We have pointed it out before, but it still holds true: John Means was never ranked once among the Orioles’ top 30 prospects by Baseball America and barely made it onto the MLBPipeline.com list.
But not being ranked doesn’t mean you can’t make the majors, be good when you get there and be a Rookie of the Year contender. For Means, check, check and check. It doesn’t mean you can’t pitch a no-hitter. Check.
MLBPipeline.com ranked him No. 29 on its O’s preseason top 30 in 2015 and 2017, and also on their end-of-season list in 2017. He was not completely overlooked.
And in fairness to the prospect-ranking evaluators, Means got better over the years. He was pitching at Double-A over parts of three seasons, when he was 23 and 24, with a 4.34 ERA and 1.365 WHIP. He didn’t have a blazing fastball or stats to get himself much in the way of notice or rankings.
But in 2018, he took a leap forward at Triple-A, pitching to an ERA of 3.48, and he finally made the majors for one outing late that year. By 2019, he had completely turned a corner and he would make the All-Star team and finish second in the Rookie of the Year vote.
After he pitched well last Friday night in the first game of the road trip at Oakland, Means told us he was in a good place mentally right now.
“I think I’m pretty comfortable with my mentality,” he said during a Zoom interview. “I think last year I would get really frustrated when things weren’t going well. I’ve done a good job of just staying within myself and letting the game come to me. I’m just not making any moment too big, even with guys on base. Just trying to keep my cool and stay relaxed.”
Yesterday he would admit it was not easy to relax in the ninth inning. But when J.P. Crawford lined out to end the game for Seattle, Means had pitched the sixth no-hitter in Orioles history, the fourth individual no-hitter and the first of those since Jim Palmer in 1969.
“I just think he’s completely matured as a major league pitcher, and he’s still continuing to get better,” skipper Brandon Hyde had said after the Oakland start. “He’s got one full year in, and last year was a shortened year. I mean, he doesn’t have a whole lot of major league experience and he’s just improving. He’s improving.
“You’re seeing a pitcher develop at the big league level, and every time out. Last year, he was overthrowing, made the adjustment. This year, he’s really executing pitches. When he needs to elevate, he elevates. When he needs to dump in a breaking ball, he can dump in a breaking ball. He’s still got a changeup. He’s turning into a complete pitcher.”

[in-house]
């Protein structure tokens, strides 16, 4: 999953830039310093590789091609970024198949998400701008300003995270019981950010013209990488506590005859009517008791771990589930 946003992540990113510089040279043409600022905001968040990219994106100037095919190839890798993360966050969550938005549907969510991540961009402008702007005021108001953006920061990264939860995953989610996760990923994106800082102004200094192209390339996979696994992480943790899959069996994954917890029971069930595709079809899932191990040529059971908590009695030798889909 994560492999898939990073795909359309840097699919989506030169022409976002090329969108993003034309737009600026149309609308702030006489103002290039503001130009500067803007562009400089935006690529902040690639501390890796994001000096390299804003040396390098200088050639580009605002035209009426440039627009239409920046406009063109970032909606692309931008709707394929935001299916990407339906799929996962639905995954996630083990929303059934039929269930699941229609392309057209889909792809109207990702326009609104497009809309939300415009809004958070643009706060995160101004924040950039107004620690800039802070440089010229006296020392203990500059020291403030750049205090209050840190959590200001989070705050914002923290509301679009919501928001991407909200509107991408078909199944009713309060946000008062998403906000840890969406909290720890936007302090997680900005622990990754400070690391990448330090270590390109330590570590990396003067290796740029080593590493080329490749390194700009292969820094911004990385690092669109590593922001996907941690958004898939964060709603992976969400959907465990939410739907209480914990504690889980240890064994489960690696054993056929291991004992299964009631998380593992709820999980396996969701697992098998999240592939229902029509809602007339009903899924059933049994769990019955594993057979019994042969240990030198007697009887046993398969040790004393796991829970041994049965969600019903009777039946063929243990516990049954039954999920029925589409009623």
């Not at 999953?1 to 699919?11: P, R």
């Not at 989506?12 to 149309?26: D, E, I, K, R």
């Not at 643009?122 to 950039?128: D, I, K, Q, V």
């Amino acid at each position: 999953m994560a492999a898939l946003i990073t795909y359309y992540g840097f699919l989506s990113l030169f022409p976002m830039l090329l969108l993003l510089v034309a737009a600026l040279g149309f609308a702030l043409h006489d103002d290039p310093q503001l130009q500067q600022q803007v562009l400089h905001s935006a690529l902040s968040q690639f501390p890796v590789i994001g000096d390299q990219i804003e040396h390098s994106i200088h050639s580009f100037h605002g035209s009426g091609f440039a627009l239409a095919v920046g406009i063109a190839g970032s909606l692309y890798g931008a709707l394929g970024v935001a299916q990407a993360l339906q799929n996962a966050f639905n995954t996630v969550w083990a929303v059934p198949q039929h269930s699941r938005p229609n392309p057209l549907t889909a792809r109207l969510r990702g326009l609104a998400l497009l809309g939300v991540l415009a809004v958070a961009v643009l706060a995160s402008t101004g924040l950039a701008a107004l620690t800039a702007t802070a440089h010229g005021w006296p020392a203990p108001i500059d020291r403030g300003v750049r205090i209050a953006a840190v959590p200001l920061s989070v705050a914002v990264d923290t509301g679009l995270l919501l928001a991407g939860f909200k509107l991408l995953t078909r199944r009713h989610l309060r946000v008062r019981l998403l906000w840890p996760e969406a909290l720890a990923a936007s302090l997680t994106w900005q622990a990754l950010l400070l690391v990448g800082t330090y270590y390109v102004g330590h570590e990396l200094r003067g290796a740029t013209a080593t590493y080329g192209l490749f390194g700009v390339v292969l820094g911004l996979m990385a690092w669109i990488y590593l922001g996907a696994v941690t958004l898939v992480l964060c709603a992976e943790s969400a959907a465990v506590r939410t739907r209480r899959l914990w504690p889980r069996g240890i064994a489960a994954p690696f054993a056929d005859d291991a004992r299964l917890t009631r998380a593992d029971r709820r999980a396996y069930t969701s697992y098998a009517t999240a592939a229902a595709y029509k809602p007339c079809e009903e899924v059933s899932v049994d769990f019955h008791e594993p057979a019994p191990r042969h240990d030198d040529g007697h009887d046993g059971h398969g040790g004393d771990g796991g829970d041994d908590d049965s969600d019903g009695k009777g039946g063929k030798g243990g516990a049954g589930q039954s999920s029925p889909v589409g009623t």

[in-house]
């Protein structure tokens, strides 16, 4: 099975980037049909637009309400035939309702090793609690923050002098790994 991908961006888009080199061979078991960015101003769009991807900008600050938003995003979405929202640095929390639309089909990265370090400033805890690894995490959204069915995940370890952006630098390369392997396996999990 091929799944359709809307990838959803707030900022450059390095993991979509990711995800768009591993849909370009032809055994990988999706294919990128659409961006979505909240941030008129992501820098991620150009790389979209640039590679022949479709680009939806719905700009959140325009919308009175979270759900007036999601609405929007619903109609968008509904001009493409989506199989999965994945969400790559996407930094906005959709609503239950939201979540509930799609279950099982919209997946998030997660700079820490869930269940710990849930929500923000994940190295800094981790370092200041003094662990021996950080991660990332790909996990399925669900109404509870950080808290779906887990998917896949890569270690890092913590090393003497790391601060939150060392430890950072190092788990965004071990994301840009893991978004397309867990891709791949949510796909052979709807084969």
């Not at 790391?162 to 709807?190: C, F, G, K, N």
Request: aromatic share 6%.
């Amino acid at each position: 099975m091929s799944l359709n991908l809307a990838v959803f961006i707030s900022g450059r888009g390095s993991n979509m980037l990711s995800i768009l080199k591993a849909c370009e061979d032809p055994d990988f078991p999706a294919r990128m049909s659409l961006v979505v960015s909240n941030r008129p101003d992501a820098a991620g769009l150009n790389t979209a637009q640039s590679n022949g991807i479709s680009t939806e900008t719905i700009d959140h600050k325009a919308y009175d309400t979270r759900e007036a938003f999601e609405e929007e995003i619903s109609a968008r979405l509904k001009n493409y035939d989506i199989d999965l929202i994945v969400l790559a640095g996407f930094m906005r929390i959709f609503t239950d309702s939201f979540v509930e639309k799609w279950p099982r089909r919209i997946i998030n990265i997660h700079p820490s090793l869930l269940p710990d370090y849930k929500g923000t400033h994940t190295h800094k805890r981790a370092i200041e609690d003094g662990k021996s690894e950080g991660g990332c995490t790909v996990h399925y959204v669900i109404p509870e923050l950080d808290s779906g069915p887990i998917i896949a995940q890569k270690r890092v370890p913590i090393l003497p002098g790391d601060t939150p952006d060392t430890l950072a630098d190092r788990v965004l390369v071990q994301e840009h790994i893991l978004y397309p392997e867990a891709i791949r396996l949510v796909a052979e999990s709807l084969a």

That pitcher, now very much looking like an ace, was on full display at Seattle. He’s now 4-0 with an ERA of 1.37 after his 113-pitch outing. Means pitched the first O’s complete-game since Alex Cobb on Aug. 18, 2018 at Cleveland. It was the first complete-game shutout since Dylan Bundy on Aug. 29, 2017 at Seattle.
The guy who never got much prospect attention is getting a lot of notice now. But in spring training, Means told us that not getting that attention earlier in his career helped motivate him to become the pitcher he is now.
“Yeah. Yeah, it definitely did,” he said. “But it was also kind of nice too, to be honest. You’re not the face. You’re not getting interviewed from Low-A all the way to the big leagues, like some of these high (ranked) prospects do. So I was able to kind of stay in the shadows a little bit and develop. Really focus on myself and not have to worry about the outside noise. I think that really prepared me for this time now that I am in the spotlight, to be able to handle it.”
And now he’s a complete four-pitch pitcher with a great changeup, yes, but also two breaking balls he trusts too.
Look at Means’ two starts on the road trip. At Oakland, in allowing two runs in seven innings, he used his fastball 43 percent and his secondary pitches 57 percent. Yesterday, it was 53 percent fastballs and 47 percent secondaries. He’s got a lot of weapons and knows how to use them.
In both games, his changeup was outstanding. He got 11 swings and misses on it in 25 swings at Oakland. Yesterday, it was better. The Mariners swung at the pitch 24 times and whiffed on 14 of them. His changeup had a strong 37.4 percent whiff rate before the no-hitter so that will look even better now. Means’ Wins Above Replacement for pitchers was 1.7 and tied for the American League lead, according to Baseball-Reference.com, before his history-making outing.
Means has recorded four consecutive quality starts with an ERA of 0.92 in that span and his road ERA is now 0.78. Over his last 11 games, dating to the end of last year, he is 6-1 with a 1.42 ERA.
He didn’t pitch a no-hitter to get attention, but he’ll get it now and he deserves all of it. He’s clearly the Orioles ace and pitching like an ace on any team.
If you are doing an early projection of AL Cy Young contenders and don’t include Means, you’re doing it wrong.
On the farm: Triple-A Norfolk (0-2) lost at Jacksonville 10-7 despite a huge game from Jahmai Jones, who went 3-for-5 with two triples and a two-run homer. Tyler Nevin hit his second homer in two games. Josh Rogers allowed seven runs in four innings.
Double-A Bowie (2-0) beat Altoona 8-4. Righty Kyle Bradish pitched 4 2/3 scoreless innings with seven strikeouts. Robert Neustrom had three hits and is 5-for-8 with a pair of doubles in two games. Catcher Adley Rutschman had an RBI single for his first Double-A hit and is 1-for-9 to date.
High Single-A Aberdeen (2-0) beat Wilmington 4-2 as Garrett Stallings allowed one run and six hits over five innings.
Low Single-A Delmarva beat Salem 7-4 in the completion of Tuesday’s suspended game. Jordan Cannon went 3-for-3 with two runs and an RBI and Jordan Westburg went 2-for-5 with an RBI. But Delmarva (1-1) lost the regularly scheduled game 6-1. Jake Lyons took the loss. But in relief, right-hander Leonardo Rodriguez pitched three scoreless innings with seven strikeouts.